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No personal interaction, staff not interested in people, host was very stressed at welcoming
Save parking place 15 min walking from hotel, poor explanation how to reach parking station (forgot to mention there are one way streets and entry of parking place in other street...More
In a great location for Haymarket train station and also great transport links to Princes Street etc or if you prefer about a 30min walk to the sights. The receptionist was helpful with tips for getting around and things to do.
A good breakfast with...More
So it is a nice place, nice building, nice design etc. The neighborhood is a little depressed and so the streets are dirty. Haymarket is not an up town neighborhood.
The big disappointment was that all of the employees were from Lithuania, every single one....More
Good location: 3 minute walk from the train station, 20 minutes from the main down town attractions (national museum, princes street dynamic zone,..).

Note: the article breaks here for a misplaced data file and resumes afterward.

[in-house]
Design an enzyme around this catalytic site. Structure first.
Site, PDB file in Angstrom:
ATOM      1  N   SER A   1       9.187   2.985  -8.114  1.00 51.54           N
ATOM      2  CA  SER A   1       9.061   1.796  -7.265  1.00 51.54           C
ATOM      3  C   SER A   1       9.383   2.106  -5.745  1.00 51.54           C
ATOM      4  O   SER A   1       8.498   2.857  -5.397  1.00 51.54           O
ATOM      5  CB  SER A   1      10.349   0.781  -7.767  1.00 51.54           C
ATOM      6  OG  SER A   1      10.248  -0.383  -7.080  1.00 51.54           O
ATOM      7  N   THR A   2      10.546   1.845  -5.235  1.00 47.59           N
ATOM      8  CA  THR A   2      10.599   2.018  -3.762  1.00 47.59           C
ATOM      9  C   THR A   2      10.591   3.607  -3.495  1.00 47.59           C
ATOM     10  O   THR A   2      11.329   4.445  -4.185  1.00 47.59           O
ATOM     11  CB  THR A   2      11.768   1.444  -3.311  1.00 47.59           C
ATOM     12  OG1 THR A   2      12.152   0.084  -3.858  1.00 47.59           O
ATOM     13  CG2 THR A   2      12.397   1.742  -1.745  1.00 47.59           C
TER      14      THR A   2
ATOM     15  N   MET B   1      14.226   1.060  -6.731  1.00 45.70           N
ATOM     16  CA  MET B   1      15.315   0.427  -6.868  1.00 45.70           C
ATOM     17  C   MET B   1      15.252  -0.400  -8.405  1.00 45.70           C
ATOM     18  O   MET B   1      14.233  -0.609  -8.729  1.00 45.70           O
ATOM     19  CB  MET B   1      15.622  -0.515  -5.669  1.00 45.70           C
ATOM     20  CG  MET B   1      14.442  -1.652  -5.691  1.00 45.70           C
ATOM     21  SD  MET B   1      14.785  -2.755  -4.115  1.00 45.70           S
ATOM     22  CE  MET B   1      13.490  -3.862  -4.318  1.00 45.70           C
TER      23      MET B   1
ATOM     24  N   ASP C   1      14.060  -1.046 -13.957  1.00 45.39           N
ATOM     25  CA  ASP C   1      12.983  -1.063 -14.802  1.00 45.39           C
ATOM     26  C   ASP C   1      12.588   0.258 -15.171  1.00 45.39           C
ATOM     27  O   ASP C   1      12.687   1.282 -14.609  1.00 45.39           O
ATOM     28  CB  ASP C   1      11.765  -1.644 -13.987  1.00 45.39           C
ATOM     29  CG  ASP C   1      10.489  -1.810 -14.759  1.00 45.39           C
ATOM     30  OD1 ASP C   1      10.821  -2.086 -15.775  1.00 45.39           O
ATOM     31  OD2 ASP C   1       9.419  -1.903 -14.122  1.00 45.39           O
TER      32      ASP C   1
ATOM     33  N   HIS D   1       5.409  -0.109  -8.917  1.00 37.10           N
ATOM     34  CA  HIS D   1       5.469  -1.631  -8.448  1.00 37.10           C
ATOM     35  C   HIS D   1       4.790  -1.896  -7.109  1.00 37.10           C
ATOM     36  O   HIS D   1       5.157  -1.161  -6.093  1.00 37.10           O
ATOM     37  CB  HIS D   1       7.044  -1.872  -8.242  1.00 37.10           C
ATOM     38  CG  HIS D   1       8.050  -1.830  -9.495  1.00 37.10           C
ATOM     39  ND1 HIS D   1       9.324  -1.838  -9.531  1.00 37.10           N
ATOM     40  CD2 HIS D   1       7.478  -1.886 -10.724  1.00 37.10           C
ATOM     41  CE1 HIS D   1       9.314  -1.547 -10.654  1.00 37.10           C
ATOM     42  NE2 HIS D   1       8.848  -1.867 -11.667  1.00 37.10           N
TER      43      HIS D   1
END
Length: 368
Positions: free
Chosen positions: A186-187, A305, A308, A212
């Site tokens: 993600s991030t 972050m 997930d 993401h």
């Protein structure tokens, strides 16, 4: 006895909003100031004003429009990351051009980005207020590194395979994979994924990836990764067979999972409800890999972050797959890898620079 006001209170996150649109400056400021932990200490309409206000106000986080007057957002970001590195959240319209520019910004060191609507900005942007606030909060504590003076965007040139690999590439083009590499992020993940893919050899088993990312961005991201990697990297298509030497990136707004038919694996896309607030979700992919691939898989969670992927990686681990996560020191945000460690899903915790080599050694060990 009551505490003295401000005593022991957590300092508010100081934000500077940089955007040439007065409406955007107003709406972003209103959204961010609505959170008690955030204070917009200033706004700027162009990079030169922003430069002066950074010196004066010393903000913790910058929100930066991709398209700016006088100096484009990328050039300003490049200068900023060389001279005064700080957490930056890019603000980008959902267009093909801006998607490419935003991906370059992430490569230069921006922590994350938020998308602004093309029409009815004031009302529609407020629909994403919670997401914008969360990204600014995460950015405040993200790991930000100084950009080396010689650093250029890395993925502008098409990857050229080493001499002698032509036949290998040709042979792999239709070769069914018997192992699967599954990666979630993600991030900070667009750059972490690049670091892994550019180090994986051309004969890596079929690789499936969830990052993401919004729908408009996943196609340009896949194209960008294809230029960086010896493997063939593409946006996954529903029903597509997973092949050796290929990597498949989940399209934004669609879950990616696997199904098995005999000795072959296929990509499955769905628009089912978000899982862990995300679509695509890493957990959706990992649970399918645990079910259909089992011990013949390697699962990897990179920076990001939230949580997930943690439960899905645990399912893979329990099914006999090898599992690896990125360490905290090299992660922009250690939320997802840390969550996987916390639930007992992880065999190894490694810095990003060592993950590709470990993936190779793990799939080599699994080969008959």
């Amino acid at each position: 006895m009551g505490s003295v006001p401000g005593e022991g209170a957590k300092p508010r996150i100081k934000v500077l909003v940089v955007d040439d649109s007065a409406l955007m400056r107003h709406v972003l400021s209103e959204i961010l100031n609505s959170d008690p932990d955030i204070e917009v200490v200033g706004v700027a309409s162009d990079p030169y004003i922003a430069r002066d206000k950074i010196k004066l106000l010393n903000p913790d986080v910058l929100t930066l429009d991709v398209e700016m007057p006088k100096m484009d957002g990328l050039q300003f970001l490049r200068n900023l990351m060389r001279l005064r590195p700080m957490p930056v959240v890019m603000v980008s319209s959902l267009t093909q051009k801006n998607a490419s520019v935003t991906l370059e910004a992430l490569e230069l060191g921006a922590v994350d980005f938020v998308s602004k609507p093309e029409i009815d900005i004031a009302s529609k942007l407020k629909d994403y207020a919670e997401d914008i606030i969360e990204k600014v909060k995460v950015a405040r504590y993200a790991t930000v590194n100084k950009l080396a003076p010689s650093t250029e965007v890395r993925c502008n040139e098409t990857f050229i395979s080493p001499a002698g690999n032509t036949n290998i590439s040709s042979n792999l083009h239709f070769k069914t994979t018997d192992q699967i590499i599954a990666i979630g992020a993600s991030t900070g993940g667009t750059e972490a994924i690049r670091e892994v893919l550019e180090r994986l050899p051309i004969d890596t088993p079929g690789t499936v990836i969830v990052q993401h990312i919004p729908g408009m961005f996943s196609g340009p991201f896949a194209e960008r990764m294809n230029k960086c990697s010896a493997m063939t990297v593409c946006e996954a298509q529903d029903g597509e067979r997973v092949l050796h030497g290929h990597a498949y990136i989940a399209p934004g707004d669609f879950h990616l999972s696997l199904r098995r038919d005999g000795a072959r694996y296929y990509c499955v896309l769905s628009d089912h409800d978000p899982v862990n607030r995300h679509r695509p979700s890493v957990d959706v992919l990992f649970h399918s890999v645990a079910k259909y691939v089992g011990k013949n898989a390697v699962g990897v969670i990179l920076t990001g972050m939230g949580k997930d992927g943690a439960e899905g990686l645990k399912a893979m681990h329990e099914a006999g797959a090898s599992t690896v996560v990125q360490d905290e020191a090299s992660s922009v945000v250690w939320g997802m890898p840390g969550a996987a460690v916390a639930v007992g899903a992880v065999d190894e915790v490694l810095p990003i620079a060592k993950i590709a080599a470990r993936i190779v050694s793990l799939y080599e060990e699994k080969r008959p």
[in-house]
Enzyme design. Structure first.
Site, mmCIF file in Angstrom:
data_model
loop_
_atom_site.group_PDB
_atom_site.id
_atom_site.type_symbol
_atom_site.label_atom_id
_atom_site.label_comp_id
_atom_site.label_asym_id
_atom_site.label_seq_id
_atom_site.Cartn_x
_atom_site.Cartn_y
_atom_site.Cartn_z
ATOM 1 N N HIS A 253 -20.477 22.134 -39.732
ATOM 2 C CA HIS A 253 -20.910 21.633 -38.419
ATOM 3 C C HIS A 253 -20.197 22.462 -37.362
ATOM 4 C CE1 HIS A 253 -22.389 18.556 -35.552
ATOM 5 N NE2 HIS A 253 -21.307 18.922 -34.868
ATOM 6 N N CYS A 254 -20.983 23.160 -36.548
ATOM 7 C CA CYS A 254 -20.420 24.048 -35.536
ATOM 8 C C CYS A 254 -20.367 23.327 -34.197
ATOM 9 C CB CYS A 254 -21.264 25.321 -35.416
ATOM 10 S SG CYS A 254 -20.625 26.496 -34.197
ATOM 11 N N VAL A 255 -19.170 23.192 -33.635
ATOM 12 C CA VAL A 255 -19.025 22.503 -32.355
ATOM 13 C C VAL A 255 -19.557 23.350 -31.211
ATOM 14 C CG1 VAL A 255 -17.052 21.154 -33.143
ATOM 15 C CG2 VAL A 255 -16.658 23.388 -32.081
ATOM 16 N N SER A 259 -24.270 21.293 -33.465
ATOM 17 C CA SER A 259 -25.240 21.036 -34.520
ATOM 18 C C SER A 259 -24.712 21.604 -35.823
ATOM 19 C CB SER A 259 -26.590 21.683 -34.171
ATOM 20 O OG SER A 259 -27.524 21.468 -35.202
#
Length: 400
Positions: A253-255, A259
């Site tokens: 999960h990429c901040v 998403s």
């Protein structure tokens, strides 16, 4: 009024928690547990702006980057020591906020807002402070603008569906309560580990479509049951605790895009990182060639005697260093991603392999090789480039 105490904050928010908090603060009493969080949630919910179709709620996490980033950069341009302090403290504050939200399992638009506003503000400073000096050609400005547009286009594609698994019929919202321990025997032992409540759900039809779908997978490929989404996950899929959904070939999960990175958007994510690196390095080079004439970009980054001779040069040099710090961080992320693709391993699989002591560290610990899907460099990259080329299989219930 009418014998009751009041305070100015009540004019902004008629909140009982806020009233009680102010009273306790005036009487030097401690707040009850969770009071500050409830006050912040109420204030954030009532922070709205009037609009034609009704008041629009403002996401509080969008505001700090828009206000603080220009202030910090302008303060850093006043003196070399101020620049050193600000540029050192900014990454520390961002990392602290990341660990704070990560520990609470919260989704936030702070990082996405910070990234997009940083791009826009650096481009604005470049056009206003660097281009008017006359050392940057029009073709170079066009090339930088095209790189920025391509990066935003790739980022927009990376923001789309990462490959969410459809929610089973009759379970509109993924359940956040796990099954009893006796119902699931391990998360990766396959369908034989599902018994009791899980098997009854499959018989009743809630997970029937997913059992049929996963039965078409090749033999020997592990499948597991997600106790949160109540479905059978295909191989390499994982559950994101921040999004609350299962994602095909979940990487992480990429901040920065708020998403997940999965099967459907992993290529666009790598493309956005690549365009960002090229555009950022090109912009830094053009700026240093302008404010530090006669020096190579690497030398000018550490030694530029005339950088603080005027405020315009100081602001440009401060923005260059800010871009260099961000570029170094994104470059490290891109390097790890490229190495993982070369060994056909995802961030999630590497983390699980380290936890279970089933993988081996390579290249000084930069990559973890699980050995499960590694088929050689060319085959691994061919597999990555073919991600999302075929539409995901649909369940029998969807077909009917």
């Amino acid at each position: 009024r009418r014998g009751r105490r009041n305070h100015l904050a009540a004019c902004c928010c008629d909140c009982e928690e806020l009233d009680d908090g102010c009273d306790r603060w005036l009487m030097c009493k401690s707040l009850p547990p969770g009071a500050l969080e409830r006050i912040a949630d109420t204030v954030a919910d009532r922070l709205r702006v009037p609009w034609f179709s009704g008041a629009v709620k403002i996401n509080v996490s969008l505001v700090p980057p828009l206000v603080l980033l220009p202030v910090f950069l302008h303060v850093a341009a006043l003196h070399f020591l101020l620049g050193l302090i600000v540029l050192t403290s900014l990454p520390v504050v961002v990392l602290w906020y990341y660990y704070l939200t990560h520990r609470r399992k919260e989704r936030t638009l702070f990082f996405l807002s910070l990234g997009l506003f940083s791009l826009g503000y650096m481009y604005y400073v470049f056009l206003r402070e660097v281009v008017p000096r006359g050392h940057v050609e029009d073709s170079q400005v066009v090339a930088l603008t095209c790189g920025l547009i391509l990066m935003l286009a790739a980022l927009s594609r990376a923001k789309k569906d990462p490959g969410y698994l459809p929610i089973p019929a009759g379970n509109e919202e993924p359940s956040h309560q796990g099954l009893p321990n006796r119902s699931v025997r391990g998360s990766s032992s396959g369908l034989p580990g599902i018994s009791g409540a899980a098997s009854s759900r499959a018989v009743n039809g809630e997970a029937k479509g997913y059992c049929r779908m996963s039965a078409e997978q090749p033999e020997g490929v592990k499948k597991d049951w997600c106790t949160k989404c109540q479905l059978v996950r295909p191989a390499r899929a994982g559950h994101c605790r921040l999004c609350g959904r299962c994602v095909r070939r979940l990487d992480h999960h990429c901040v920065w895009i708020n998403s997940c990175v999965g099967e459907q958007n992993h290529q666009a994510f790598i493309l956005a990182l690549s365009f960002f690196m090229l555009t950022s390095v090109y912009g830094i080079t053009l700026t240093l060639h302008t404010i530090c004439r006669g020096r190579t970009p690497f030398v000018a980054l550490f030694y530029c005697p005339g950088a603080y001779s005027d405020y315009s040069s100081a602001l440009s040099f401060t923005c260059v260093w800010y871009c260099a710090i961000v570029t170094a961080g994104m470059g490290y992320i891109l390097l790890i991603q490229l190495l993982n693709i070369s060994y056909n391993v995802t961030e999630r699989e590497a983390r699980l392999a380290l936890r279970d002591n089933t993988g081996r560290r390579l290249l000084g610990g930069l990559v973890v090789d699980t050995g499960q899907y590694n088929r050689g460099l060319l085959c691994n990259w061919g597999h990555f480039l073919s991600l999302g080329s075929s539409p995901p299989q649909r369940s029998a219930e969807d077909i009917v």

Clean rooms, complimentary tea and coffee, very friendly staff, free wi-fi.
Good breakfast, even though I missed freshly baked bread and cheese....More
Beautiful town house which was converted to a b&b. The hotel rooms were a lot bigger than we first thought they would be. Breakfast in the morning was delicious and plentiful with staff who were polite and hardworking. The location of this hotel was perfect...More
Prevailing winds meant that most cities that grew in industrial Britain had their most desirable neighbourhoods to the west – upwind of factory fumes. Edinburgh was no exception, with its wealthiest citizens settling in its West End and leaving behind grand Georgian townhouses, private gardens and genteel crescents. These backstreets remain as dignified and sleepy as ever, and most of the action here lies along
the district’s busy main roads. Lothian Road connects to southern Edinburgh and harbors a vague entertainment district: three theatres and the city’s main indie cinema. All attract a select crowd, the sort who appreciate the Saturday Edinburgh’s Farmers’ Market around the corner. The West End’s other great thoroughfare, Shandwick Place, is dominated by trams trundling out to the suburbs and airport, and shoppers picking up last-minute items before hopping aboard.